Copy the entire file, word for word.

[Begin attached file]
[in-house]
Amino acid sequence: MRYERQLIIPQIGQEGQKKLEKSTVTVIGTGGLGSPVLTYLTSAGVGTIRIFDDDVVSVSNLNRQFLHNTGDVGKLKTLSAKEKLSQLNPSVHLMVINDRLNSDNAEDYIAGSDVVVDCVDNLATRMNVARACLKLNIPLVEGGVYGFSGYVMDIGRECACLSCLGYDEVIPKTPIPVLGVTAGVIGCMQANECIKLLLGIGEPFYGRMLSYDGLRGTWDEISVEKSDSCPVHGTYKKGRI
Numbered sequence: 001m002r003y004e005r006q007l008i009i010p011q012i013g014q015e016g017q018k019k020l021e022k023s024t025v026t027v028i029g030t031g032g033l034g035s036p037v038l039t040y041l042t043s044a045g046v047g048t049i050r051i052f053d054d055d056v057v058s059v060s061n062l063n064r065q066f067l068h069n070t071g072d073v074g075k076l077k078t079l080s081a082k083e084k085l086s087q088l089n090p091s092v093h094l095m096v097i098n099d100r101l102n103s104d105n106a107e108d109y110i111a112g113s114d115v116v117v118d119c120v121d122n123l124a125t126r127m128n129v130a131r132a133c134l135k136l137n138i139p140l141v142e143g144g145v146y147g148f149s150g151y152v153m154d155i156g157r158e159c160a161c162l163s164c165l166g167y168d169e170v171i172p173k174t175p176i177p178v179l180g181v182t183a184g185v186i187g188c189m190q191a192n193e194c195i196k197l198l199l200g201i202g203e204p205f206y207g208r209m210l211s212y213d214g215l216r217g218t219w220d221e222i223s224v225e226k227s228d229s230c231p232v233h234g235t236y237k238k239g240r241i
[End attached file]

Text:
[in-house]
Amino acid sequence: MRYERQLIIPQIGQEGQKKLEKSTVTVIGTGGLGSPVLTYLTSAGVGTIRIFDDDVVSVSNLNRQFLHNTGDVGKLKTLSAKEKLSQLNPSVHLMVINDRLNSDNAEDYIAGSDVVVDCVDNLATRMNVARACLKLNIPLVEGGVYGFSGYVMDIGRECACLSCLGYDEVIPKTPIPVLGVTAGVIGCMQANECIKLLLGIGEPFYGRMLSYDGLRGTWDEISVEKSDSCPVHGTYKKGRI
Numbered sequence: 001m002r003y004e005r006q007l008i009i010p011q012i013g014q015e016g017q018k019k020l021e022k023s024t025v026t027v028i029g030t031g032g033l034g035s036p037v038l039t040y041l042t043s044a045g046v047g048t049i050r051i052f053d054d055d056v057v058s059v060s061n062l063n064r065q066f067l068h069n070t071g072d073v074g075k076l077k078t079l080s081a082k083e084k085l086s087q088l089n090p091s092v093h094l095m096v097i098n099d100r101l102n103s104d105n106a107e108d109y110i111a112g113s114d115v116v117v118d119c120v121d122n123l124a125t126r127m128n129v130a131r132a133c134l135k136l137n138i139p140l141v142e143g144g145v146y147g148f149s150g151y152v153m154d155i156g157r158e159c160a161c162l163s164c165l166g167y168d169e170v171i172p173k174t175p176i177p178v179l180g181v182t183a184g185v186i187g188c189m190q191a192n193e194c195i196k197l198l199l200g201i202g203e204p205f206y207g208r209m210l211s212y213d214g215l216r217g218t219w220d221e222i223s224v225e226k227s228d229s230c231p232v233h234g235t236y237k238k239g240r241i